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Beluga Noble Russian Vodka

Review: Beluga Noble Russian Vodka  90.5/100
A Review by Chip Dykstra (Aka Arctic Wolf)
Published October 27, 2012

According to the website information, Beluga Noble Russian Vodka is manufactured in a remote area of Siberia, reported to be 300 km from the nearest large settlement. The vodka is produced from grain alcohol (some of the alcohol may be produced from malted grain), and purified Siberian spring water. Even though artesian spring water is naturally pure, for this Vodka, it must also undergo a double filtration, through quartz sand and a special silver filter. After distillation, a third stage of purification involves a 10.5 meter coal column filter which is composed of birch charcoal. Prior to bottling, the vodka is rested 30 days. This rest period apparently allows the molecular components within to stabilize allowing for a smoother more velvet-like mouth-feel and taste.

Interestingly enough, Beluga vodka also contains other special ingredients (in extremely small quantities) such as honey, oat extract, and Silybum Marianum (milk thistle) extract. The addition of minute quantities of special ingredients is consistent with what I know of traditional European production methods where each distilled vodka has its own recipe and its own special ingredients. It is these special ingredients used in very small proportions which contribute to the individual character of each Vodka. (By small quantities I really do mean small; typically these extra ingredients are measured in parts per million.)

Beluga Noble Russian Vodka has recently been introduced into my home Province of Alberta. It is a Premium Vodka which is priced to occupy the same market niche as Grey Goose and Belvedere. A bottle was delivered to me by Thirsty Cellar Imports, who are importing this spirit and I was asked to provide a review on my website.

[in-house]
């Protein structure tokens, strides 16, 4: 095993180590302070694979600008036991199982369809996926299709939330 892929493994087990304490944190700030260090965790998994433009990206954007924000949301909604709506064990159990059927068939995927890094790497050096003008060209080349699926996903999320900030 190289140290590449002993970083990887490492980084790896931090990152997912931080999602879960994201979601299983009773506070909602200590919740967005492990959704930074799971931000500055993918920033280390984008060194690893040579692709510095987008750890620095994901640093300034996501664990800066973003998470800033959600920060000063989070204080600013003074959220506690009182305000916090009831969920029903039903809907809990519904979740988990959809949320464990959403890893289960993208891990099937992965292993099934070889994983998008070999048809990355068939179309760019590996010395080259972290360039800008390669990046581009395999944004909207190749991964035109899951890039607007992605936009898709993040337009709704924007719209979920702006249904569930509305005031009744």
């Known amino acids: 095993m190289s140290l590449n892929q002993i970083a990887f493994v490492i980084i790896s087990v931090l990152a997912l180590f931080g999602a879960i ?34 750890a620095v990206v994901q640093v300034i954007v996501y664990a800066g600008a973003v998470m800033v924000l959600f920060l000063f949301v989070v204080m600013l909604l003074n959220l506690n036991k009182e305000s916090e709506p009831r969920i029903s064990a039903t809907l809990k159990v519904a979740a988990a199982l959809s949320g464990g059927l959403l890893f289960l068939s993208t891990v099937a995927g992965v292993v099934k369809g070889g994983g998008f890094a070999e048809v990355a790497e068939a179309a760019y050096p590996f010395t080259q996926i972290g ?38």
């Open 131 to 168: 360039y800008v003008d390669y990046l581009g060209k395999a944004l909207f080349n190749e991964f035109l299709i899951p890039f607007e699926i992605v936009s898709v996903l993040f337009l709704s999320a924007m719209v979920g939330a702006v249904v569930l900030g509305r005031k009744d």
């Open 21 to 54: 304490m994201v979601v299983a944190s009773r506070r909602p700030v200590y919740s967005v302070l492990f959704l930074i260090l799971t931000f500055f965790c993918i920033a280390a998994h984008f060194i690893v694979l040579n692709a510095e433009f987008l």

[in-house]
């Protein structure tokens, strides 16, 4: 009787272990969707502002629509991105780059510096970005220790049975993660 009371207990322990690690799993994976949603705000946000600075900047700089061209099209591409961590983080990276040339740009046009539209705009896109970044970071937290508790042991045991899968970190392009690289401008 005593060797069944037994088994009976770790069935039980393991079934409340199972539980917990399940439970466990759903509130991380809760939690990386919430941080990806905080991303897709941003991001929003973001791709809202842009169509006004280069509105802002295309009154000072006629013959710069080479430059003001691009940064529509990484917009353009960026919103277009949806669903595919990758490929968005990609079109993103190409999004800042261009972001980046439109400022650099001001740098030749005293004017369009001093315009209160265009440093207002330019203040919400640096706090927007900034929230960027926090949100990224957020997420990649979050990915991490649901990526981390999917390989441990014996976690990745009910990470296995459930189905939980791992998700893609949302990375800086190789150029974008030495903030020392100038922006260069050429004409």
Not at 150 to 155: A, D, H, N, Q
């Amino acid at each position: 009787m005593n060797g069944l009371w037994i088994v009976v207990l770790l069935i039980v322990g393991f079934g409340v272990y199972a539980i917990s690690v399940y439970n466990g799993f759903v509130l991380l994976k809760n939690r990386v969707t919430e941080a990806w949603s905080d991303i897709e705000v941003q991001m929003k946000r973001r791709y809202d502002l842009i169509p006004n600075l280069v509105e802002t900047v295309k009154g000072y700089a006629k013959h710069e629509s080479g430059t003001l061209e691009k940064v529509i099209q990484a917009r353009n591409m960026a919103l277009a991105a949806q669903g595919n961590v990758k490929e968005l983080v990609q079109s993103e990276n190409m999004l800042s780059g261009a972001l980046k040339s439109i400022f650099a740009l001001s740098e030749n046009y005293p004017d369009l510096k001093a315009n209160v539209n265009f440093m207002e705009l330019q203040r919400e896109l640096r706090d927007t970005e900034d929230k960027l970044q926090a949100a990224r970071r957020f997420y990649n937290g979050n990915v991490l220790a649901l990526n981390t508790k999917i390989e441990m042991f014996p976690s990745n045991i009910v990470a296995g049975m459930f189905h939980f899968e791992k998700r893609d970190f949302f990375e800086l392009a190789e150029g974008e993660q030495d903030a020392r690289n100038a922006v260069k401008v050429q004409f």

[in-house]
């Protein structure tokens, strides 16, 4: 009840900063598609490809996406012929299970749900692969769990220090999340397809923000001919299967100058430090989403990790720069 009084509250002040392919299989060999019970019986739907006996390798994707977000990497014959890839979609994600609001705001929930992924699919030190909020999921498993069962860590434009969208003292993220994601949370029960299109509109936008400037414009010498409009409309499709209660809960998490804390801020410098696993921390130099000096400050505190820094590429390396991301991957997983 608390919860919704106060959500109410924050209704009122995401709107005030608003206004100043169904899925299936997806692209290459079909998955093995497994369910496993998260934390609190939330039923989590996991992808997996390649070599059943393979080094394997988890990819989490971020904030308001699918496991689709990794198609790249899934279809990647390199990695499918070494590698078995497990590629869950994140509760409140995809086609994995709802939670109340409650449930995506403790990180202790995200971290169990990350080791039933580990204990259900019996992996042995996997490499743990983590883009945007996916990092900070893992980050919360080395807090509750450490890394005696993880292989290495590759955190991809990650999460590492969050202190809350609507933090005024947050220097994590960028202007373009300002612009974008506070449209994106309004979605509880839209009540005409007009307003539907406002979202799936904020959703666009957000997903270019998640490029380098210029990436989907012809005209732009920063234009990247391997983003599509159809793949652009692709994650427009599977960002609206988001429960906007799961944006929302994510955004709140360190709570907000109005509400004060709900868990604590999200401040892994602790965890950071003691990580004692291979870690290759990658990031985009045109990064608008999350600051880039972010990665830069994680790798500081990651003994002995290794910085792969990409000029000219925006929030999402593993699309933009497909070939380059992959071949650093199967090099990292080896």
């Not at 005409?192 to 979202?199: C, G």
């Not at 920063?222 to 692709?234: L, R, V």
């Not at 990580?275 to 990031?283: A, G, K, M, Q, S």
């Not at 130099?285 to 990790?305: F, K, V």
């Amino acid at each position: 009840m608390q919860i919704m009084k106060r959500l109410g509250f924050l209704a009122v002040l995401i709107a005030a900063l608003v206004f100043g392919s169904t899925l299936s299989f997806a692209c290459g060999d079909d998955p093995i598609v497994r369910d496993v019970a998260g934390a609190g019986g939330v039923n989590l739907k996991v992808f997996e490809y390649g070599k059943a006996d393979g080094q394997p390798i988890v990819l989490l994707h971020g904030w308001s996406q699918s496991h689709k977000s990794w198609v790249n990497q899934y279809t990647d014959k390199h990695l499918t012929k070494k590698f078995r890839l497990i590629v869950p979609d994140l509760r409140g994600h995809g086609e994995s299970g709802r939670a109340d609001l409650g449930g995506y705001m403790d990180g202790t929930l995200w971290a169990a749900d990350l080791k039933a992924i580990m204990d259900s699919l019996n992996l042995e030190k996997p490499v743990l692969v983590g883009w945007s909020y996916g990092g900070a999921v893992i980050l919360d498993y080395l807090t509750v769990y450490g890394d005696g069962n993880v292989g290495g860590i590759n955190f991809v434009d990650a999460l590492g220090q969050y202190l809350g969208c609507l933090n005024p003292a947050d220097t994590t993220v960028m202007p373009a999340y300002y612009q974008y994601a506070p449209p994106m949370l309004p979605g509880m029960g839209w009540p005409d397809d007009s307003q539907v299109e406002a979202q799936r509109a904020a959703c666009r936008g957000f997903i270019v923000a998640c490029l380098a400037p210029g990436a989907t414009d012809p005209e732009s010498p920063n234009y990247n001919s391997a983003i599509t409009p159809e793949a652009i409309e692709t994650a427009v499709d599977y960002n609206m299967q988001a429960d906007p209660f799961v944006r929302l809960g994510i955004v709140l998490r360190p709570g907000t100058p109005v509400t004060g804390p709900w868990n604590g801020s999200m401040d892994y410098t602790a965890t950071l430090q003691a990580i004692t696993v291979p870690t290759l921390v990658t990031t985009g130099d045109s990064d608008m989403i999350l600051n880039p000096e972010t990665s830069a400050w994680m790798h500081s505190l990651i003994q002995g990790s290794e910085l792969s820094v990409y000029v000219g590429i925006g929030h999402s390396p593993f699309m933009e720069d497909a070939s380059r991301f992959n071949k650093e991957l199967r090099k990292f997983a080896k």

My First Impression 9.5/10

The Vodka arrives in the tall slender 750 ml bottle pictured to the right, and I am impressed by the professionalism implied by the bottle and the label. For starters, that silver label looks very slick and clean. The pewter sturgeon fish on the front is a great touch with much better detailing upon it than one would expect. The synthetic cork topper is a nice finishing touch, and everything about the bottle and the label points in the direction of attention to detail.

Taking a Sip 18/20

I sampled the Beluga Vodka after chilling the bottle in my deep freeze for about two hours. When I checked the temperature I saw that it was about 5 degrees Celsius which is a little warmer than I usually sip vodka. Since the spirit was presented to me as a Premium Vodka to be served neat or on ice, I decided that proceeding with my first tasting session would be fine even at the warmer temperature.

The nose is clean with faint wisps of lemon and spice. There is something else in the air as well, a very soft aroma which seems very vaguely sweet and herbal, and at the same time very vaguely like fresh cereal porridge (made with milk). As I sip the Vodka, I am very impressed.  I taste very lightly sweet flavours of lemon and citrus zest as well as a very gentle spiciness. The aftertaste is vaguely sweet reminding my of honey or cane syrup, and I taste a very light maltiness which is very appealing. I let my shot glass warm up in my hands and continued to sip, and the clean character of the Vodka remained. It was not until I was sipping at room temperature that I noticed any metallic aftertaste or detrimental characteristics. Usually Vodka breaks down at warmer temperatures faster than this, even the Super Premium Vodkas.

Taking a Shot 18/20

I poured a second shot of the Beluga, and swallowed 3/4 of on ounce “shot style”. The vodka went down very smoothly with only hints of spice warming my palate and the back of my throat. A gentle warmth crept up from my stomach back towards my throat. This is the way a good  vodka is supposed to behave. I notice no metallic aftertaste although there is that lightly sweet malty flavour lingering.

I decided to repeat the experience the next day with a warmer glass poured at room temperature. The vodka was much spicier and there was what I would call a zesty aftertaste which carried lightly bitter metallic flavour. Having said that, the Beluga Vodka, at room temperature. is smoother and tastes better than a lot of other vodkas taste when chilled.